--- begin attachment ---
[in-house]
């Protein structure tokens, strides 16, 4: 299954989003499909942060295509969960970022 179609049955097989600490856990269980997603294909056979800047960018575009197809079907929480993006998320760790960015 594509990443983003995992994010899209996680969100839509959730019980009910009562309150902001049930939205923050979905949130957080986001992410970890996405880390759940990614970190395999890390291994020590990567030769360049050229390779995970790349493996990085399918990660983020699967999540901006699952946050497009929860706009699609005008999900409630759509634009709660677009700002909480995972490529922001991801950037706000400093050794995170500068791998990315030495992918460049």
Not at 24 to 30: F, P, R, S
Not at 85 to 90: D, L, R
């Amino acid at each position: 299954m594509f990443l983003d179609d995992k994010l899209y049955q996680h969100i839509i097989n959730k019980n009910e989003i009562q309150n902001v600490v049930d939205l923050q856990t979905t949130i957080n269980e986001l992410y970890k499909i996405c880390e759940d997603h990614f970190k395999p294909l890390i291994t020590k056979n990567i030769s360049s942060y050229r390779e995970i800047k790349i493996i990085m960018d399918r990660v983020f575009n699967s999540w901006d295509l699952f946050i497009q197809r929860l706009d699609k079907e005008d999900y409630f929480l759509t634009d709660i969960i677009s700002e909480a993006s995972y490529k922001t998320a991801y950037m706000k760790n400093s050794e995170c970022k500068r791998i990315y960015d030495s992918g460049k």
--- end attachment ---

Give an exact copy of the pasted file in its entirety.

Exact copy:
[in-house]
């Protein structure tokens, strides 16, 4: 299954989003499909942060295509969960970022 179609049955097989600490856990269980997603294909056979800047960018575009197809079907929480993006998320760790960015 594509990443983003995992994010899209996680969100839509959730019980009910009562309150902001049930939205923050979905949130957080986001992410970890996405880390759940990614970190395999890390291994020590990567030769360049050229390779995970790349493996990085399918990660983020699967999540901006699952946050497009929860706009699609005008999900409630759509634009709660677009700002909480995972490529922001991801950037706000400093050794995170500068791998990315030495992918460049």
Not at 24 to 30: F, P, R, S
Not at 85 to 90: D, L, R
């Amino acid at each position: 299954m594509f990443l983003d179609d995992k994010l899209y049955q996680h969100i839509i097989n959730k019980n009910e989003i009562q309150n902001v600490v049930d939205l923050q856990t979905t949130i957080n269980e986001l992410y970890k499909i996405c880390e759940d997603h990614f970190k395999p294909l890390i291994t020590k056979n990567i030769s360049s942060y050229r390779e995970i800047k790349i493996i990085m960018d399918r990660v983020f575009n699967s999540w901006d295509l699952f946050i497009q197809r929860l706009d699609k079907e005008d999900y409630f929480l759509t634009d709660i969960i677009s700002e909480a993006s995972y490529k922001t998320a991801y950037m706000k760790n400093s050794e995170c970022k500068r791998i990315y960015d030495s992918g460049k």